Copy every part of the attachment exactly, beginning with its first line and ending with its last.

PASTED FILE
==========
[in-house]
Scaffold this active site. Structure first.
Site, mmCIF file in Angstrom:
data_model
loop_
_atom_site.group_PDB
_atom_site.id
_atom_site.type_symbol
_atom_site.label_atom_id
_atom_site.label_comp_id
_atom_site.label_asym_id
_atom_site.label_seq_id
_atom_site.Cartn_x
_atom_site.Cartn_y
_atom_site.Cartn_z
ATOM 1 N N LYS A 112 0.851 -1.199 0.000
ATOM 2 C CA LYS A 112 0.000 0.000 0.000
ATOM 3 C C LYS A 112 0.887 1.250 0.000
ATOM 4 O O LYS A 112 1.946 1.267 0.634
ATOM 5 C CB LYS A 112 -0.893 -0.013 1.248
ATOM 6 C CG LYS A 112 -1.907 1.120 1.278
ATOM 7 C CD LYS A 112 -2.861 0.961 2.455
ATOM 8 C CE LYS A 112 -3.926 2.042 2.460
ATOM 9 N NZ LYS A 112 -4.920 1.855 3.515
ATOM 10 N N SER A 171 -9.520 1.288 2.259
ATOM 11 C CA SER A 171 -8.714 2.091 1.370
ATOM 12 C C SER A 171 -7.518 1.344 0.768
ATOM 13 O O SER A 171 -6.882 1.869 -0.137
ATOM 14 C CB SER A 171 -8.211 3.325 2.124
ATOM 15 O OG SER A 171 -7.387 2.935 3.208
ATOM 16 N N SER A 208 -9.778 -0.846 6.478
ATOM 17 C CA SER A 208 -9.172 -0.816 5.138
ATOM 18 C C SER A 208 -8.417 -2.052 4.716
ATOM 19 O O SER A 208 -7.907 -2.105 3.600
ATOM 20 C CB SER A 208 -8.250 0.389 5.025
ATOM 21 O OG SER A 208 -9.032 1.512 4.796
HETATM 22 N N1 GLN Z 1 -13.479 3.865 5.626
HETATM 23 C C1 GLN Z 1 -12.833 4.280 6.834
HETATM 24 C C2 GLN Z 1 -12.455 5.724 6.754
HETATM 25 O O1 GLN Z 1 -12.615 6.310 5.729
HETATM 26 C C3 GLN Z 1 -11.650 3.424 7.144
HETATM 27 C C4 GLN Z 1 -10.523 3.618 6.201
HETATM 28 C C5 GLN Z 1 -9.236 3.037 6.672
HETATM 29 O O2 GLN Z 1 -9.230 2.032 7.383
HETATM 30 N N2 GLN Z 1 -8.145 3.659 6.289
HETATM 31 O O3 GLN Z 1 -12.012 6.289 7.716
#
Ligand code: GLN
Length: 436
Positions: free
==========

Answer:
[in-house]
Scaffold this active site. Structure first.
Site, mmCIF file in Angstrom:
data_model
loop_
_atom_site.group_PDB
_atom_site.id
_atom_site.type_symbol
_atom_site.label_atom_id
_atom_site.label_comp_id
_atom_site.label_asym_id
_atom_site.label_seq_id
_atom_site.Cartn_x
_atom_site.Cartn_y
_atom_site.Cartn_z
ATOM 1 N N LYS A 112 0.851 -1.199 0.000
ATOM 2 C CA LYS A 112 0.000 0.000 0.000
ATOM 3 C C LYS A 112 0.887 1.250 0.000
ATOM 4 O O LYS A 112 1.946 1.267 0.634
ATOM 5 C CB LYS A 112 -0.893 -0.013 1.248
ATOM 6 C CG LYS A 112 -1.907 1.120 1.278
ATOM 7 C CD LYS A 112 -2.861 0.961 2.455
ATOM 8 C CE LYS A 112 -3.926 2.042 2.460
ATOM 9 N NZ LYS A 112 -4.920 1.855 3.515
ATOM 10 N N SER A 171 -9.520 1.288 2.259
ATOM 11 C CA SER A 171 -8.714 2.091 1.370
ATOM 12 C C SER A 171 -7.518 1.344 0.768
ATOM 13 O O SER A 171 -6.882 1.869 -0.137
ATOM 14 C CB SER A 171 -8.211 3.325 2.124
ATOM 15 O OG SER A 171 -7.387 2.935 3.208
ATOM 16 N N SER A 208 -9.778 -0.846 6.478
ATOM 17 C CA SER A 208 -9.172 -0.816 5.138
ATOM 18 C C SER A 208 -8.417 -2.052 4.716
ATOM 19 O O SER A 208 -7.907 -2.105 3.600
ATOM 20 C CB SER A 208 -8.250 0.389 5.025
ATOM 21 O OG SER A 208 -9.032 1.512 4.796
HETATM 22 N N1 GLN Z 1 -13.479 3.865 5.626
HETATM 23 C C1 GLN Z 1 -12.833 4.280 6.834
HETATM 24 C C2 GLN Z 1 -12.455 5.724 6.754
HETATM 25 O O1 GLN Z 1 -12.615 6.310 5.729
HETATM 26 C C3 GLN Z 1 -11.650 3.424 7.144
HETATM 27 C C4 GLN Z 1 -10.523 3.618 6.201
HETATM 28 C C5 GLN Z 1 -9.236 3.037 6.672
HETATM 29 O O2 GLN Z 1 -9.230 2.032 7.383
HETATM 30 N N2 GLN Z 1 -8.145 3.659 6.289
HETATM 31 O O3 GLN Z 1 -12.012 6.289 7.716
#
Ligand code: GLN
Length: 436
Positions: free